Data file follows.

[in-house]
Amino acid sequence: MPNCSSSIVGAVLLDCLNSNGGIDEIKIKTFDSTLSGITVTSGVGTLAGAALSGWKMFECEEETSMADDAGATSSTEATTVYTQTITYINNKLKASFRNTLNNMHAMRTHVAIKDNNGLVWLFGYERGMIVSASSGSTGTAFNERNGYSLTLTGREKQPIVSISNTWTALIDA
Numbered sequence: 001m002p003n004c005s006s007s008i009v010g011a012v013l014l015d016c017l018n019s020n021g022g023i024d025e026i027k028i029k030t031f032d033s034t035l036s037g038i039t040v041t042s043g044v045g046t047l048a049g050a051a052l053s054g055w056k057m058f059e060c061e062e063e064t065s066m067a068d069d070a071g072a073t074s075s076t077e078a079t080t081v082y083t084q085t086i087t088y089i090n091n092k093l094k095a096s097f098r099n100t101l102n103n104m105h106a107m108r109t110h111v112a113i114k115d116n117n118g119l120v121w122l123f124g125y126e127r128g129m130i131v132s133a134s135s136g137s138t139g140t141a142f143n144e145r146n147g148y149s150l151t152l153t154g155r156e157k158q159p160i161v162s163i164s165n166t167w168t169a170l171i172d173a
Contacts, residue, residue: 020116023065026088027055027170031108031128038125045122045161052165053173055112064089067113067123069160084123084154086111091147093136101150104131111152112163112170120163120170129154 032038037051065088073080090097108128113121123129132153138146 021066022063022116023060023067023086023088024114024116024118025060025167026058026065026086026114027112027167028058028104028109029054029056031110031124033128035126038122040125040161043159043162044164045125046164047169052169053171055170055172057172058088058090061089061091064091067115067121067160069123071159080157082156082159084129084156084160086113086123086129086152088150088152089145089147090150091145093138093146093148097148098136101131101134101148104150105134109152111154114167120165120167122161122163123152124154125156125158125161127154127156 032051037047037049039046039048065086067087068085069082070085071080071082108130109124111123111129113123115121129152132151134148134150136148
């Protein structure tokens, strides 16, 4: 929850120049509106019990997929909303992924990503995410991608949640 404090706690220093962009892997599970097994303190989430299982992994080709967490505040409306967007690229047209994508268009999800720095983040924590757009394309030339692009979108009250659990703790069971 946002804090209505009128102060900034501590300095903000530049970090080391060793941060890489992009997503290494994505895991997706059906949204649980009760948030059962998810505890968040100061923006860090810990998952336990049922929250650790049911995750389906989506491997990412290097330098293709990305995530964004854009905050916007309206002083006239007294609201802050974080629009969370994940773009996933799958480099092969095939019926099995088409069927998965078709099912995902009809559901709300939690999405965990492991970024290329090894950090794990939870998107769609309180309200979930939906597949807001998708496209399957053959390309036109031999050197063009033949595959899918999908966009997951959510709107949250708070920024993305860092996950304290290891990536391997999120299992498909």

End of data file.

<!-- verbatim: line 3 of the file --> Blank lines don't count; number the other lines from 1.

Numbered sequence: 001m002p003n004c005s006s007s008i009v010g011a012v013l014l015d016c017l018n019s020n021g022g023i024d025e026i027k028i029k030t031f032d033s034t035l036s037g038i039t040v041t042s043g044v045g046t047l048a049g050a051a052l053s054g055w056k057m058f059e060c061e062e063e064t065s066m067a068d069d070a071g072a073t074s075s076t077e078a079t080t081v082y083t084q085t086i087t088y089i090n091n092k093l094k095a096s097f098r099n100t101l102n103n104m105h106a107m108r109t110h111v112a113i114k115d116n117n118g119l120v121w122l123f124g125y126e127r128g129m130i131v132s133a134s135s136g137s138t139g140t141a142f143n144e145r146n147g148y149s150l151t152l153t154g155r156e157k158q159p160i161v162s163i164s165n166t167w168t169a170l171i172d173a